Market Report: Hungry punters look for a Christmas with bells on

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The Independent Online
THE record-breaking account ended on a quiet note, but hopes are running high that new peaks will be established in the three- week Christmas account, starting on Monday.

In recent years the festive season has produced some exhilarating share performances. Records were set last year with the FT-SE 100 index recording a series of remarkable gains.

In some quarters there is an understandable fear that after the progress of recent weeks, the stock market is about to run out of steam and profit-takers will get the upper hand for the first time in months.

But the majority view is that further progress will be achieved, although it could be less pronounced than in the past.

A year's close of, perhaps, 3,350 points was the snap prediction yesterday. Some dealers, however, still believe 3,400, perhaps even 3,500, is a possible outcome for the year.

There could, it is felt, be considerable action on the small companies front. Private investors are likely to be tempted by a distant settlement day, 10 January.

The FT-SE 100 index displayed signs of tiredness yesterday. At one time up 10.8, it closed with a 10.3 fall to 3,261.3. But the second- line FT-SE 250 index, demonstrating significant buying for the next account, was up 5.1 to 3,601.3, a new peak.

In the past two weeks the main index has climbed more than 150 points, with the supporting 250 measurement making similar progress. Turnover has been high, twice topping 1 billion shares. The Budget fuelled much of the activity, although even before the Chancellor's decisions were known, the market had got the bit between its teeth.

Cadbury Schweppes put on 19p to 489p with Hoare Govett and Lehman Brothers making positive noises. Hoare is thought to have lifted its profit forecast pounds 10m to pounds 410m. Last year's profit was pounds 332.7m.

The soft drinks and sweets group is seeing stockbrokers before going into the traditional, but unnecessary, close season routine.

But for the Lasmo oil group it was another ragged retreat. At one time the shares dipped below 100p. But buyers taking the view they were oversold lifted the price to 104p, a 5p fall.

The latest retreat stems in part from the deteriorating crude oil price. But the departure of chairman Lord Rees, the third board member to quit in less than a year, created more anxiety about the group's prospects. Since Lasmo won a fiercely fought battle for Ultramar the shares have fallen from more than 300p.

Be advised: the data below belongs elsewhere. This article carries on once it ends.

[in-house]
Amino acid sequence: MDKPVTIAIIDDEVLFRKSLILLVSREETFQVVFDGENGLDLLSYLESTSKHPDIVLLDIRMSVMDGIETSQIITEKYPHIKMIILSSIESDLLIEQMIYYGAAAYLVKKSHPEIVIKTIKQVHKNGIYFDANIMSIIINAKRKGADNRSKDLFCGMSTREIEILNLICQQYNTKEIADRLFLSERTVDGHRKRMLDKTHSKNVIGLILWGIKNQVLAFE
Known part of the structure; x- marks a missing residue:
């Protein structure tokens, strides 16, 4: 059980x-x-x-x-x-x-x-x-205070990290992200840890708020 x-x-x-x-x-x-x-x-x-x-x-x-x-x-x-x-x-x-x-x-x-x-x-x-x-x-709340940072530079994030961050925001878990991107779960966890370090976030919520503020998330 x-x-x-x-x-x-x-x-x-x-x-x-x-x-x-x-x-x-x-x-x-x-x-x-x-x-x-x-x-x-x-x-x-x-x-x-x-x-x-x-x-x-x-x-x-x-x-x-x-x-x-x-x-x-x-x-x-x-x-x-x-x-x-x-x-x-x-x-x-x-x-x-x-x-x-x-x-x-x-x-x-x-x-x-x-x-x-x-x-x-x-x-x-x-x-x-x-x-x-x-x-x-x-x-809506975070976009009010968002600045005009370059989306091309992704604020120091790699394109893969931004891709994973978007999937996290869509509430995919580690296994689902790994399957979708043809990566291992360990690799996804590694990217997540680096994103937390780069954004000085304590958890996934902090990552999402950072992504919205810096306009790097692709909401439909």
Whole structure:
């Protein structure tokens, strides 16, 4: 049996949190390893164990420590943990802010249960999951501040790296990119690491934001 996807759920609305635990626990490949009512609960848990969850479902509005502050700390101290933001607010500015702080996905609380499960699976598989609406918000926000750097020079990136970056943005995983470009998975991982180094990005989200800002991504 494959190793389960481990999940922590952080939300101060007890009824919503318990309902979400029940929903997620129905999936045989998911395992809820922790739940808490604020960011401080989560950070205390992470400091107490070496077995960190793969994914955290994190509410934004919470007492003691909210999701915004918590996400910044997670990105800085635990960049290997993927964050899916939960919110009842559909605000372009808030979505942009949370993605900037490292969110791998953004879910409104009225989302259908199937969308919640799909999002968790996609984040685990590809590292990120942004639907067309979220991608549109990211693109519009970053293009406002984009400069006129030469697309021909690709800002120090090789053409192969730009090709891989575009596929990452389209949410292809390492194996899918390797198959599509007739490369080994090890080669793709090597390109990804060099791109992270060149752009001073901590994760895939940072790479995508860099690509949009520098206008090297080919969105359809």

Capital Group, a US investment fund specialising in recovery shares, helped arrest the decline by announcing it had sharply increased its shareholding to 4.67 per cent. Earlier this week Capital lifted its stake in the Fisons drugs group.

Eurotunnel celebrated the builders' handover, after years of haggling and delays, of the Channel Tunnel with a 12p gain to 476p.

Insurance shares were firm with the Lords environmental decision helping sentiment. Bullish comments from Societe Generale Strauss Turnbull also helped. Commercial Union gained 18p to 653p.

Celltech, the healthcare group which came to market on Thursday, had another disappointing run.

The shares fell 12.5p to 217.5p. They were floated at 250p. Other drug shares were subdued, with Wellcome down 29p at 627p following comments about its Zovirax drug.

The day's newcomer, Premium Underwriting, went to 109p from a 100p placing.

Banks succumbed to profit-taking although TSB Group continued to enjoy the comfort of takeover speculation, improving 5.5p to 243p.

Royal Bank of Scotland, which started the sector's share advance with better-than-expected figures, put on 6p to 448p. But the rest fell back; even Standard Chartered surrendered its recent enthusiasm, falling 17p to 1,212p.

In a generally firm building sector, with lower interest rate hopes drawing in buyers, Meyer International gained 12p to 503p. But English China Clays fell 8p to 410p on a rumoured James Capel downgrading.

Shanks & McEwan, the waste disposal group, fell 5p to 87p. A line of 3.7 million shares went through at 70p, probably a tax loss bed and breakfast deal.

Some of the little-known mining shares continued to attract attention. Bakyrchik, seeking gold in the former Soviet Union, rose 13p to 350p. The shares were placed at 120p in August.

Owners Abroad, the holiday group, fell 3p to 79p. It is thought to have seen analysts. There is talk of the group managing only a break-even position in the year just ended.

Marling, the industrial materials group, edged 0.5p higher to 20.5p. Director Mark Sketchley sold 968,000 shares at 19.5p and now has 0.18 per cent.

The FT-SE 100 index gave up 10.3 points to 3,261.3 but the FT-SE 250 index rose 5.1 to 3,601.3. Turnover was 862.5 million with 40,333 deals recorded. The account starts on Monday with settlement on 10 January. Government stocks were firm.

The Greenall family which controlled the Greenalls Group before the shares were equalised has reduced its stake. Through Cazenove it sold 5.66 million shares at 396p. Through a trust, however, Peter Greenall, managing director, has picked up 150,000 of the shares - which were mostly placed with institutions. The family now has 8.9 per cent. The shares fell 6p to 409p.

Regal Hotels, rescued from the corporate graveyard and now trying to take advantage of the depressed state of the hotel market, is buying two properties from Rank Organisation for pounds 2.58m. To meet the cost it is, for the third time in a year, calling on shareholders for cash with shares on offer on a four-for-19 ratio at 1.25p. The deal lifts Regal's chain to eight.

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